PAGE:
Thus poverty, I concluded, was now the rift that not only persists in keeping stereotypes alive, but also prevents me from meeting ordinary Africans during my journey.

That was two.

My thinking turned to different levels of luxury in Tsumeb, Namibia, amidst the folded carbonates. We had been herded to the ill-named "biergarten" by our cluck of a chatty hostess, and had been served dish-water coffee with chunks of foam. We weren't particularly enjoying the brew while we overheard how our hostess was instructing the new assistant in the typically strident tone that becomes white Africans and always carry an overtone of belittlement. "Training them is so difficult," she'd say to us, loud enough to be heard in the kitchen. Next she berated the chap for not stacking the saucers properly. Another example, a few days later. We were ready for departing from our campsite, and our hostess queried about our next destination. Khorixas, I said. "There's not much there," she conveyed to us. "It's really a black town, see." She said it kindly, without a trace of racism.

This dismissal of almost anything related to "blackness" (for a better word), was a constant during this journey, and was poised to become my third bigger irritation. Except now I understood a bit better - it was something beyond simple racism: we were now bumping at something at a cultural level. Although our wealth was again a factor in this, now also our pedigree was getting in the way.

Because we are the pampered ones, expecting hot water to come from a tap, white sheets to sleep on, a spoon & saucer for our cup of tea served just like that, and think lowly of those establishments that are not "up" (watch that language!) to our standards. Tea shouldn't be served in a worn, plastic mug, brewed from river-water, using a charred pot, on a wood-fire. But it's still perfectly fine tea - who's complaining?

I think a lot of George, our guide through the Okavango Delta in Botswana, when I think of the ordinary Africans we didn't meet. George lives in a mud hut with a roof of sticks. He has a wife and "only" 3 children. As so many, he is a farmer, has 42 cows, a few donkeys and goats. He sleeps on a filthy mattress that would break the back of most western people. His staple meal is "pap" - a concoction of mealie-meal, sorghum and soured milk that is so sour, that at my first sampling my taste buds wanted to evacuate my mouth, and my eyes budded tears. George savours the stuff, empties easily a whole pot, and eats it two to three times a day, every day. He is reticent, and hard to fathom, related to his limitations in English, and our limitations in seTswana. But he's kind, gentle, with a deep understanding of the environment around him, and with a deep respect, bordering fear, for the more dangerous animals. George seems perfectly happy and complacent with his life (although I didn't ask if he was and if I had, I doubt if he would openly disagree).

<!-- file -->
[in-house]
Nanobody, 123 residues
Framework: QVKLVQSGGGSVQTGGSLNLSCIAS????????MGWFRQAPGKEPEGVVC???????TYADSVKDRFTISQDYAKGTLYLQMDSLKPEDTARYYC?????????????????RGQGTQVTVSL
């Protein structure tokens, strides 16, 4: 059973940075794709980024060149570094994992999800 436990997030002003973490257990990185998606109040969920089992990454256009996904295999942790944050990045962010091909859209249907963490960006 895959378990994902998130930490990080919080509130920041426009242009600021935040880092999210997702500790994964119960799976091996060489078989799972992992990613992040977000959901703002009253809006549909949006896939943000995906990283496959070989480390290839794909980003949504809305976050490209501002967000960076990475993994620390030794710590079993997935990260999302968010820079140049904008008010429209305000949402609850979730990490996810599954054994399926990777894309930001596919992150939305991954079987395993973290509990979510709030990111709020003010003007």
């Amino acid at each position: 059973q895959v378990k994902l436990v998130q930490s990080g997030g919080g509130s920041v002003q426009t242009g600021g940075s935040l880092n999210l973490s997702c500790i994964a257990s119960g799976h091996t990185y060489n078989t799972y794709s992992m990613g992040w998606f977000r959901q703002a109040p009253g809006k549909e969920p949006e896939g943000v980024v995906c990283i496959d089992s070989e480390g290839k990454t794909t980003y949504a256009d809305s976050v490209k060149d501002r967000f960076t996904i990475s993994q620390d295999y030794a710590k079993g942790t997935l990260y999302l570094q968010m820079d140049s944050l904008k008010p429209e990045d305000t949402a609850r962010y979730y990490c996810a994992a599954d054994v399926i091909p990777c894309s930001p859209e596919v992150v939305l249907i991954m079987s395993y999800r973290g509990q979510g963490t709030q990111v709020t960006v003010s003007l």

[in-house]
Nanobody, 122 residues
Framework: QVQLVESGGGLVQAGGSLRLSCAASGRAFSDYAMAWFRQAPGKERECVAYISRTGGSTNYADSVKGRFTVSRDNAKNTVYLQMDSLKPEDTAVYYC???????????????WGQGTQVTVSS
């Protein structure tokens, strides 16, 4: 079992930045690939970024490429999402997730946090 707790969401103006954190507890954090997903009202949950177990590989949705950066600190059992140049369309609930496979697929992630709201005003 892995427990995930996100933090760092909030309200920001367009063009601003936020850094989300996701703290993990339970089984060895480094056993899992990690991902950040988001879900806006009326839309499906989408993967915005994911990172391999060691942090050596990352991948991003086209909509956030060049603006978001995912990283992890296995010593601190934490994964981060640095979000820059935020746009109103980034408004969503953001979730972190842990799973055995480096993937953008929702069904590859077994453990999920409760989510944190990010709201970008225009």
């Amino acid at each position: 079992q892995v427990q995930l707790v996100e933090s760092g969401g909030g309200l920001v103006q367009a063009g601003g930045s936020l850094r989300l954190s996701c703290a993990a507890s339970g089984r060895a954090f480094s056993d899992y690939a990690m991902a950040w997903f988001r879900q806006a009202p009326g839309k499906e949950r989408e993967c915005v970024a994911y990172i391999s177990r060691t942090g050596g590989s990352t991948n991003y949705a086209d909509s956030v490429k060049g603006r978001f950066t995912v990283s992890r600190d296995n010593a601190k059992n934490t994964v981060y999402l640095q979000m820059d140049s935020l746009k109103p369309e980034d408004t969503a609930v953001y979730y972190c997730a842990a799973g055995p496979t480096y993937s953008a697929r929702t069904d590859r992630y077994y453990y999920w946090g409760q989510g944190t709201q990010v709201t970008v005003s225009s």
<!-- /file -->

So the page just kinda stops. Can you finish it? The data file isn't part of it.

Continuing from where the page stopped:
Let I close with the story I read from the owner of Ngepi Camp, a campsite that sits at the Okavango river and is crafted with a stunningly harmonious symbiosis with its environment. It goes like this: having set up Ngepi Camp with the consent of the local community, Mark had hired a manager who managed to displease several members of said community. A council, African style, was called for and Mark was asked to send his manager away. He protested, and argued that if he'd fire his manager, he would have to close down, and the community would lose their share of income from Ngepi Camp. The argumentation was received in silence. Then the community elder rose, and voiced a devastating judgement: Mark had shown in front of the entire community his complete lack of understanding of the community. Yes, the money from the campsite was nice - but it was also entirely unnecessary. They had managed life just fine before Mark had appeared on the scene. Money did not mean anything. Of course Mark left in a huff, kept the manager, lost a chunk of respect of the community, but was at least humbled enough by the experience to start thinking about poverty in general, and what it means when Bob Geldof commiserates on and on about the amount of people living in dire conditions with less than 1$ per day.

Some people in southern Africa are living with less than 1$ per day, and are doing just fine - because their value, or capital if we must, does not rest in money. And some people in Africa have already consciously rejected the western obsession of monetising each aspect of life, including their happiness.

Is Africa poor? Yes, horribly so, and no denying it. But the western definition of poverty has been incapable of distinguishing "poverty" as a conscious lifestyle, a culture that would thrive perfectly fine, were it not that it is under pressure exactly because it is not allowed to exist in the western paradigm. For some people, Africa is not that hopeless as Bono makes it out to be.